My experience includes multiple podium finishes in Arctic ultras for the foot category, and two 'fastest rookie' finishes (first attempts).  I have accummulated thousands of miles of sled-hauling, in racing and independent expeditions, from the sub-Arctic to the Arctic sea ice.  I have also fat-biked thousands of miles in the Arctic and sub-Arctic.  Considering these and a variety of support roles, I have some useful practical experience to draw on in the sessions.  I am also an exercise physiologist and biomechanist, and give university lectures on exercise in the extreme cold.  Hence I have the right academic background to support presentations on cold adaptation, injury, training, nutrition, hydration, and all other aspects of completing these events.

The course is supported by some of the best brands for Polar expedition gear, with discounts available for participants.

Course Overview:

Aims & Objectives

The course will be a blend of theory and practical sessions.  The overall goal is to give everyone the confidence and know-how to move safely and effectively in the Arctic and sub-Arctic.  These environments will be the most unfamiliar and unnerving to many people.  Whereas in other locations when you experience a problem you can take a break and reset, in the cold even resting requires planning.  The course will include all the background information needed to understand the risks and how to ensure safe and efficient progress along the trails.

What's Involved

We will be covering the basics of using liquid-fuel stoves and their maintenance in sub-zero temperatures.  You will be cooking meals with the stoves at least once a day, and boiling water for hot drinks (and melting snow, if available).  Resting for breaks or to sleep requires some forethought, and you will go through these whilst out on the trails.  The basics of sled set-ups will be discussed, and some equipment will be available to test.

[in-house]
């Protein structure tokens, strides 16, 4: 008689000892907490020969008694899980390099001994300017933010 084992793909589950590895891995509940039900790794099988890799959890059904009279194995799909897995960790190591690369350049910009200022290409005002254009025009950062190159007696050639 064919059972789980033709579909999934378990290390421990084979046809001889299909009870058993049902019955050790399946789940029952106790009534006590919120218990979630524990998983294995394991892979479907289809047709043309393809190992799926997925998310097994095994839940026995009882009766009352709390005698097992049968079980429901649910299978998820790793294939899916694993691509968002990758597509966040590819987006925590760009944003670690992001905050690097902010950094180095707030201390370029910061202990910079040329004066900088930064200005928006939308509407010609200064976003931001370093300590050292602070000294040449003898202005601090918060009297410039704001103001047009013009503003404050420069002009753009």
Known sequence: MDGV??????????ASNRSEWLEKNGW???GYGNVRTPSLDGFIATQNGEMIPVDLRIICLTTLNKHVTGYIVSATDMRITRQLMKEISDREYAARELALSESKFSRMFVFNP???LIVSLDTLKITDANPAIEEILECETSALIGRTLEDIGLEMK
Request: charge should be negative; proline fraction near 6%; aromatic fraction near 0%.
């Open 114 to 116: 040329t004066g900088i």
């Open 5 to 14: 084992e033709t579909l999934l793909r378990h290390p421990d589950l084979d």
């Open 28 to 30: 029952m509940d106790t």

Although we will spend some time in the hills, this is an Arctic Ultras training course and not a Winter Mountain Leader course.  The bulk of the course is theoretical, with additional focus on key practical skills that you need to make 'automatic' by the time you leave for The North. 


The different races have different levels of navigational knowledge required (you might go a day without seeing a trail marker or another competitor in the ITI, for example).  For most it is imperative that you are confident navigating via a handheld (and/or watch-based) GPS.  A map and compass is of little use over the distances of these races, and some trails are not well-marked at all. 

Sleeping Systems


There are a variety of sleeping systems that people use during the events, and during the course each will be looked at and considered, so you can get a feel of what you're most confident with.  As well as the different sleeping systems, racers have very different approaches to how and where they sleep.  This will also feature during the evening sessions out on the trails.  The penultimate day will involve a night-hike with multiple camp set-ups, before a final camp in the Peaks before returning to the venue in the morning.



I am very pleased to be working with Kovea in the UK, via their UK and European distributor I have used a few of their stoves over the years, most notably the Spider in the image above, and their Booster +1, which I use on expeditions in the Arctic and sub-Arctic. The quality and reliability of their stoves is excellent, as is the support given. I have used them the world-over, and am extremely pleased with them.